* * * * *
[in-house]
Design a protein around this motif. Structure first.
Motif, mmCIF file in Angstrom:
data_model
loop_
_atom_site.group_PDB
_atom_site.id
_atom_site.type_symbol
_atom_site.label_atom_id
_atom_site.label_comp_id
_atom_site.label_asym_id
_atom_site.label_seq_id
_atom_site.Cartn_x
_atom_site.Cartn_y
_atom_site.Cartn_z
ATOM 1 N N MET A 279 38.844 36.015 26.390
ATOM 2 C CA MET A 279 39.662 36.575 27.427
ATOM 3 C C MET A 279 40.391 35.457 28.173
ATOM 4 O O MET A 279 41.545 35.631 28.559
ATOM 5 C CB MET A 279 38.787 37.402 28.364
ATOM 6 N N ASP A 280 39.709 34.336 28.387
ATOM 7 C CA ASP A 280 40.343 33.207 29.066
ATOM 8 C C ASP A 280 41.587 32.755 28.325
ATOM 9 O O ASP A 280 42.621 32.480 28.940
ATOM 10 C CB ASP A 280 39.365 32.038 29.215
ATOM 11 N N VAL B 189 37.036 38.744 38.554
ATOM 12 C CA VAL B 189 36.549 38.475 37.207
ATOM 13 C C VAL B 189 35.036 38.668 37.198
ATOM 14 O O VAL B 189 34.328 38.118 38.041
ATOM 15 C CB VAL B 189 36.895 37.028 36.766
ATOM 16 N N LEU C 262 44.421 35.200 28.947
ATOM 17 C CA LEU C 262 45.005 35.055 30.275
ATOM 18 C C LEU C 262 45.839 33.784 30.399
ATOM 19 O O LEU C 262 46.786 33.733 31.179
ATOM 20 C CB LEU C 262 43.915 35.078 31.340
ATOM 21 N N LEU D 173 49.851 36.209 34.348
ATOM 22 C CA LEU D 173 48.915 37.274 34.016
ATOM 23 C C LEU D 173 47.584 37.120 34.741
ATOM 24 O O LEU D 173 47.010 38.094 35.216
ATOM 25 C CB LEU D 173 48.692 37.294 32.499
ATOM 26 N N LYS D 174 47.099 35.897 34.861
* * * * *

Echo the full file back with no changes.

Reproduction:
[in-house]
Design a protein around this motif. Structure first.
Motif, mmCIF file in Angstrom:
data_model
loop_
_atom_site.group_PDB
_atom_site.id
_atom_site.type_symbol
_atom_site.label_atom_id
_atom_site.label_comp_id
_atom_site.label_asym_id
_atom_site.label_seq_id
_atom_site.Cartn_x
_atom_site.Cartn_y
_atom_site.Cartn_z
ATOM 1 N N MET A 279 38.844 36.015 26.390
ATOM 2 C CA MET A 279 39.662 36.575 27.427
ATOM 3 C C MET A 279 40.391 35.457 28.173
ATOM 4 O O MET A 279 41.545 35.631 28.559
ATOM 5 C CB MET A 279 38.787 37.402 28.364
ATOM 6 N N ASP A 280 39.709 34.336 28.387
ATOM 7 C CA ASP A 280 40.343 33.207 29.066
ATOM 8 C C ASP A 280 41.587 32.755 28.325
ATOM 9 O O ASP A 280 42.621 32.480 28.940
ATOM 10 C CB ASP A 280 39.365 32.038 29.215
ATOM 11 N N VAL B 189 37.036 38.744 38.554
ATOM 12 C CA VAL B 189 36.549 38.475 37.207
ATOM 13 C C VAL B 189 35.036 38.668 37.198
ATOM 14 O O VAL B 189 34.328 38.118 38.041
ATOM 15 C CB VAL B 189 36.895 37.028 36.766
ATOM 16 N N LEU C 262 44.421 35.200 28.947
ATOM 17 C CA LEU C 262 45.005 35.055 30.275
ATOM 18 C C LEU C 262 45.839 33.784 30.399
ATOM 19 O O LEU C 262 46.786 33.733 31.179
ATOM 20 C CB LEU C 262 43.915 35.078 31.340
ATOM 21 N N LEU D 173 49.851 36.209 34.348
ATOM 22 C CA LEU D 173 48.915 37.274 34.016
ATOM 23 C C LEU D 173 47.584 37.120 34.741
ATOM 24 O O LEU D 173 47.010 38.094 35.216
ATOM 25 C CB LEU D 173 48.692 37.294 32.499
ATOM 26 N N LYS D 174 47.099 35.897 34.861